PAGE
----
Metaphors and Membership: How Biblical Metaphors for the Church Require Church Membership

The Bible unfurls the relationship between the church and its members with a series of metaphors.

If we unpack all of what Scripture teaches about the local church, we’ll find that church membership is in fact in every nook and cranny of the New Testament. In that light, I want to focus on just one aspect of how Scripture talks about the church—the images of the church—and consider how these metaphors support and inform our understanding church membership.

 

If you’re looking for the words “thou shalt be a church member” in Scripture, you won’t find them. But if that troubles you, let me encourage you to think a little differently about how to arrive at biblical conclusions. The Bible doesn’t necessarily provide us with a “chapter and verse” prooftext for everything we ought to do or believe. Yes, we should rigorously tether our beliefs to Scripture, but we need all of Scripture, not just bite-size snippets.

If we unpack all of what Scripture teaches about the local church, we’ll find that church membership is in fact in every nook and cranny of the New Testament. In that light, I want to focus on just one aspect of how Scripture talks about the church—the images of the church—and consider how these metaphors support and inform our understanding church membership.

Metaphors And Membership

The Bible doesn’t simply command us to join a church—it does something far better. It unfurls the relationship between the church and its members with a series of metaphors that shape our identity and challenge our near constant sinful inclination to individualism, self-sufficiency, pride, and I-got-this-ness.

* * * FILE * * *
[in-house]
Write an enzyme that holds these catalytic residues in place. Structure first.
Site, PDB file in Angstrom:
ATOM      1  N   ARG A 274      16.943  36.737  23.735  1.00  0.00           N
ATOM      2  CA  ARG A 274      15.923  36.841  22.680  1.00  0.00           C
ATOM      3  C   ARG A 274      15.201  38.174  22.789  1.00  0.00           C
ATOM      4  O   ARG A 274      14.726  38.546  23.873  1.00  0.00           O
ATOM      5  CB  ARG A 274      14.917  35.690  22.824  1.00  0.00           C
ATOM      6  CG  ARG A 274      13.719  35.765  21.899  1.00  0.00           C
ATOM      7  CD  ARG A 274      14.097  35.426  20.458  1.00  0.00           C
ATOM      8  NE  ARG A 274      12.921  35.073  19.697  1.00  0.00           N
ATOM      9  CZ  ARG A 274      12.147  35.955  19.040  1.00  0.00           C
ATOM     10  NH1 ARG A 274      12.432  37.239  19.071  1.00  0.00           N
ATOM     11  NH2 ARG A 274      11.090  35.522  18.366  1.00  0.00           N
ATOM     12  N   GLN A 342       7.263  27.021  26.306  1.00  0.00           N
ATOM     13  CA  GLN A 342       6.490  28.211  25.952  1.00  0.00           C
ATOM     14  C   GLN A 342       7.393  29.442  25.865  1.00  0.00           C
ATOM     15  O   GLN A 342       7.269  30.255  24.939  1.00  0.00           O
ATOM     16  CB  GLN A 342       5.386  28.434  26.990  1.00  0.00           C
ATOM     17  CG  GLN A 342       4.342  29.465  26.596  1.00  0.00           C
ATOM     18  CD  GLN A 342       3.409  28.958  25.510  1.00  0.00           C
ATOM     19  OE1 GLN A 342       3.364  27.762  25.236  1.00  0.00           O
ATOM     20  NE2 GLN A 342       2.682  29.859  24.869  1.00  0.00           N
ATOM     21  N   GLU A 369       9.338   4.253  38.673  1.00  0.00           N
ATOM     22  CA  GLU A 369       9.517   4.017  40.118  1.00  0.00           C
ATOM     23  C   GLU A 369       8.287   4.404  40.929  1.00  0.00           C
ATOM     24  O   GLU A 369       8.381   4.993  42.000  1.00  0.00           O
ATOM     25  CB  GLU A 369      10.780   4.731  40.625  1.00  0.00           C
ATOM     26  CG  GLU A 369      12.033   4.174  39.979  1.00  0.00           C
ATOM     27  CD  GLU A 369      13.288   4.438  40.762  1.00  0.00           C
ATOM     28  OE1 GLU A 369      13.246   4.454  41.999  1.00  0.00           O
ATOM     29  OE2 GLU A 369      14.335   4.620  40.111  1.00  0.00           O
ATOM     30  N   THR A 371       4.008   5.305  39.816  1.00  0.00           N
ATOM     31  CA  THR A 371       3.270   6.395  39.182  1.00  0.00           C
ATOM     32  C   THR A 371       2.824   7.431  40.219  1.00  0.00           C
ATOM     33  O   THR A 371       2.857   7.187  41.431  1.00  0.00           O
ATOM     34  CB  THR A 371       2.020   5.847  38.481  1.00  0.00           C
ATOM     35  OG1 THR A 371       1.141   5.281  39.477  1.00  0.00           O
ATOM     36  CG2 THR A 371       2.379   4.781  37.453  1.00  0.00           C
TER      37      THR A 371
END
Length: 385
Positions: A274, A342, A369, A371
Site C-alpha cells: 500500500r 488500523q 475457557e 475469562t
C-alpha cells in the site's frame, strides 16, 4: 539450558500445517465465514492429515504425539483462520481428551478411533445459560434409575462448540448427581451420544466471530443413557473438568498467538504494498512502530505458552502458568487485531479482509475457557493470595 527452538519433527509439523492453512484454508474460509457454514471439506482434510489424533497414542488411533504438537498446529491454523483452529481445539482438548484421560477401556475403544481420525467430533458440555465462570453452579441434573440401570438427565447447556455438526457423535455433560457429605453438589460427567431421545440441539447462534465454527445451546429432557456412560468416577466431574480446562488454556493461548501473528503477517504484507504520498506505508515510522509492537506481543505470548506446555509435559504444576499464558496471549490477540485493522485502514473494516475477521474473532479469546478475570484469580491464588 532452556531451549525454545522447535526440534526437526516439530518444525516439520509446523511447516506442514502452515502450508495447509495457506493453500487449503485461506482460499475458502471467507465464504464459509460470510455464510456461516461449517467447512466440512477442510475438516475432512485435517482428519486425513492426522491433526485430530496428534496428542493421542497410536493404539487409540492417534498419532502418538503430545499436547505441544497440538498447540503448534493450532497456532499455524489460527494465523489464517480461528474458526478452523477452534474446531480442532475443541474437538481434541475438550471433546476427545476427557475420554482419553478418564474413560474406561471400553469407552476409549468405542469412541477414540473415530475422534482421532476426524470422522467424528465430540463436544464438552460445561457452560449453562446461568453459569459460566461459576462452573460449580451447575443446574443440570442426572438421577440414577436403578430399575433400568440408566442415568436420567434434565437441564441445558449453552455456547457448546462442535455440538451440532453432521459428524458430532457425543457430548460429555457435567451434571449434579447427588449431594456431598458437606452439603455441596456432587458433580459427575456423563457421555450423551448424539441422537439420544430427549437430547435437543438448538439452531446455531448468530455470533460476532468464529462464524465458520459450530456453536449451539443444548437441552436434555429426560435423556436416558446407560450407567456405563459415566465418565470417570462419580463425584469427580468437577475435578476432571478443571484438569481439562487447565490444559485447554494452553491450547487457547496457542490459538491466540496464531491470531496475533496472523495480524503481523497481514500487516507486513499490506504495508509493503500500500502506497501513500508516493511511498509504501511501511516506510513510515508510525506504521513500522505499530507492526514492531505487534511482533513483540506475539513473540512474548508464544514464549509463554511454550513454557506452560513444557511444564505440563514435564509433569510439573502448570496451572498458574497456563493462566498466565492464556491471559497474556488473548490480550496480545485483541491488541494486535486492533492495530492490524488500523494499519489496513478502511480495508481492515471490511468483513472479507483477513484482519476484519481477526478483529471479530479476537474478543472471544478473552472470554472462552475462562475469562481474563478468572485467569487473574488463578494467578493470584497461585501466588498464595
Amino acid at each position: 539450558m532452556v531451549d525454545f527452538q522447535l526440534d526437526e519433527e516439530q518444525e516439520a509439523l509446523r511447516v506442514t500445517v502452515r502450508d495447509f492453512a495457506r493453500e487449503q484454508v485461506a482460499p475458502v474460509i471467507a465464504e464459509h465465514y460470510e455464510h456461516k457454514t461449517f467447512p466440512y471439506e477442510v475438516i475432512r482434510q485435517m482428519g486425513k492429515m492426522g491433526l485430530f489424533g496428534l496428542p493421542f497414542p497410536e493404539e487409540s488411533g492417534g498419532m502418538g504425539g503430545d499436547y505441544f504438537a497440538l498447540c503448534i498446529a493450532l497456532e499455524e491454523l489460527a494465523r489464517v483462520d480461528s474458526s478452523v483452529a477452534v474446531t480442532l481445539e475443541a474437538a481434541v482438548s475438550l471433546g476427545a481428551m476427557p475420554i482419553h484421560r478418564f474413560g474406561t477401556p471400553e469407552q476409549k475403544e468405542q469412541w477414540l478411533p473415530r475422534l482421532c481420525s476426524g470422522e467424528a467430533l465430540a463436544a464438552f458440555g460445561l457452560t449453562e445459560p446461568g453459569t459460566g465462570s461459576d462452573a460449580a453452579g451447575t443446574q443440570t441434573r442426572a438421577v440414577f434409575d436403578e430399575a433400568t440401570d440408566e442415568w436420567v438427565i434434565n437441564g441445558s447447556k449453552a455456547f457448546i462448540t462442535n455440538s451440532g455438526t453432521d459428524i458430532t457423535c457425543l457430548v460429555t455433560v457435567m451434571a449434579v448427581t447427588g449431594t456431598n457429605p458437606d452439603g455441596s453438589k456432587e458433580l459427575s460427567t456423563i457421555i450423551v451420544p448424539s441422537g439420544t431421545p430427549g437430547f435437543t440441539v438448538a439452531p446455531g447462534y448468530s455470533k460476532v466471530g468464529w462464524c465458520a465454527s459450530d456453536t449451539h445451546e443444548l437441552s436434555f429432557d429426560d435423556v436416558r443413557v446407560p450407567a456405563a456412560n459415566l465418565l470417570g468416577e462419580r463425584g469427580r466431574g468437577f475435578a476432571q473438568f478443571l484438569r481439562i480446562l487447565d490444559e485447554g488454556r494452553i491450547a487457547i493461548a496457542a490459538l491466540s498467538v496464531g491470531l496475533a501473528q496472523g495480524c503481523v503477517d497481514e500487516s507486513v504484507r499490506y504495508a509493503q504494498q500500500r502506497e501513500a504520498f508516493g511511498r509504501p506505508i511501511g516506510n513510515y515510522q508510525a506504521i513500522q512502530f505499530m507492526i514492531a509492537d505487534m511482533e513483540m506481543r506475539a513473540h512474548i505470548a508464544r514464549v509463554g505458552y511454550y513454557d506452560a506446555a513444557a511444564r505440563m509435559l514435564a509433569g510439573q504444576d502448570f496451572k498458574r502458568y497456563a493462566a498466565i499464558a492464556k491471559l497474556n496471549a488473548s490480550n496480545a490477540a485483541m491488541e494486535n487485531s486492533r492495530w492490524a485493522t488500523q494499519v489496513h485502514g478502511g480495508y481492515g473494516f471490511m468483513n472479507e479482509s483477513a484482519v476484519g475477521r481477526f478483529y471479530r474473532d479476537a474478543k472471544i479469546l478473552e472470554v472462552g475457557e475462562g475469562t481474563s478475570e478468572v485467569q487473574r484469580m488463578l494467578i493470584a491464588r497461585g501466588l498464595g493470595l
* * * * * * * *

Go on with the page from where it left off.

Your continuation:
If the Bible simply said, “join a church,” we could treat membership like checking a box on a to do list. But by portraying the church and its members as a body, a temple, a flock, and a family, the Bible forces us not only to join a church but to consider how well our lives fit with that biblical imagery. The metaphors force us to ask, “Does my church membership look like that?” These metaphors provoke our imaginations, “How might I be more like what the Bible describes? Am I really a family member in my church or more like a next-door neighbor? Am I really a hand or a foot in the body, or more like some dispensable house shoes?”

The metaphors show us that membership is more than about having our name on a piece of paper; being a church member shapes how we choose to live.

So what metaphors does Scripture use to describe the church? Consider just three of them.

The Church is a Body

In 1 Corinthians 12, Paul refers to the church as the “body of Christ” and to Christians as “members” of that body—an image he likely adopted from Jesus himself (cf. Acts 9:4). For Paul, an individual Christian is neither isolated nor independent. A Christian is like a hand, a foot, a toe, an artery, an adrenal gland, or any other body part—we’re only healthy and useful if we’re in the body.

This metaphor is fertile for application. It dignifies every church member. Every body part is necessary, so there’s no excuse for self-pity (1 Cor. 12:15–20) or pride (1 Cor. 12:21–26). The metaphor also suggests the danger of not being in the body. How healthy, after all, is a detached limb or a discarded organ? The metaphor ties our spiritual good to one another. As we know from our own bodies, when one member suffers, the whole body suffers (12:26).

Read More